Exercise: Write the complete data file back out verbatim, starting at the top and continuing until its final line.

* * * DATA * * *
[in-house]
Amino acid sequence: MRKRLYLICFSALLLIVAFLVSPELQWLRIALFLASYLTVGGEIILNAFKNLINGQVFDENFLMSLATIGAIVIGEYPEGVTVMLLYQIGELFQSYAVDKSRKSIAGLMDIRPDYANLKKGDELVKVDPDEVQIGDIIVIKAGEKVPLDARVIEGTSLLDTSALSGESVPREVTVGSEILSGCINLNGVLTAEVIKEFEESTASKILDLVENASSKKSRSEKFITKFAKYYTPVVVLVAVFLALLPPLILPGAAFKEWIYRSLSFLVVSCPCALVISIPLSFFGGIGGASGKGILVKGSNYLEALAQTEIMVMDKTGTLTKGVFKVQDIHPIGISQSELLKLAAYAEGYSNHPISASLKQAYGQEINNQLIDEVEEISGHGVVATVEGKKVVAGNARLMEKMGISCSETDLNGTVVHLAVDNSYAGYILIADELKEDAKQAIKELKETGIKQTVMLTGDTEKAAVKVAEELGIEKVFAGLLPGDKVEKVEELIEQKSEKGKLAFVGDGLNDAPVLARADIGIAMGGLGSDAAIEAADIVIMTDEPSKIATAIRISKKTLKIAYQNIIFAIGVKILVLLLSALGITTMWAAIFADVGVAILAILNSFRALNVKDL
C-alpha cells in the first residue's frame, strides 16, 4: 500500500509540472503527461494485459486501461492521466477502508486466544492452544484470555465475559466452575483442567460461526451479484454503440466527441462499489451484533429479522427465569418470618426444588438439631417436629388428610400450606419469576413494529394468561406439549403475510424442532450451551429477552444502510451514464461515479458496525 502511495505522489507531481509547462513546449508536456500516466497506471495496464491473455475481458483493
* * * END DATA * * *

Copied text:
[in-house]
Amino acid sequence: MRKRLYLICFSALLLIVAFLVSPELQWLRIALFLASYLTVGGEIILNAFKNLINGQVFDENFLMSLATIGAIVIGEYPEGVTVMLLYQIGELFQSYAVDKSRKSIAGLMDIRPDYANLKKGDELVKVDPDEVQIGDIIVIKAGEKVPLDARVIEGTSLLDTSALSGESVPREVTVGSEILSGCINLNGVLTAEVIKEFEESTASKILDLVENASSKKSRSEKFITKFAKYYTPVVVLVAVFLALLPPLILPGAAFKEWIYRSLSFLVVSCPCALVISIPLSFFGGIGGASGKGILVKGSNYLEALAQTEIMVMDKTGTLTKGVFKVQDIHPIGISQSELLKLAAYAEGYSNHPISASLKQAYGQEINNQLIDEVEEISGHGVVATVEGKKVVAGNARLMEKMGISCSETDLNGTVVHLAVDNSYAGYILIADELKEDAKQAIKELKETGIKQTVMLTGDTEKAAVKVAEELGIEKVFAGLLPGDKVEKVEELIEQKSEKGKLAFVGDGLNDAPVLARADIGIAMGGLGSDAAIEAADIVIMTDEPSKIATAIRISKKTLKIAYQNIIFAIGVKILVLLLSALGITTMWAAIFADVGVAILAILNSFRALNVKDL
C-alpha cells in the first residue's frame, strides 16, 4: 500500500509540472503527461494485459486501461492521466477502508486466544492452544484470555465475559466452575483442567460461526451479484454503440466527441462499489451484533429479522427465569418470618426444588438439631417436629388428610400450606419469576413494529394468561406439549403475510424442532450451551429477552444502510451514464461515479458496525 502511495505522489507531481509547462513546449508536456500516466497506471495496464491473455475481458483493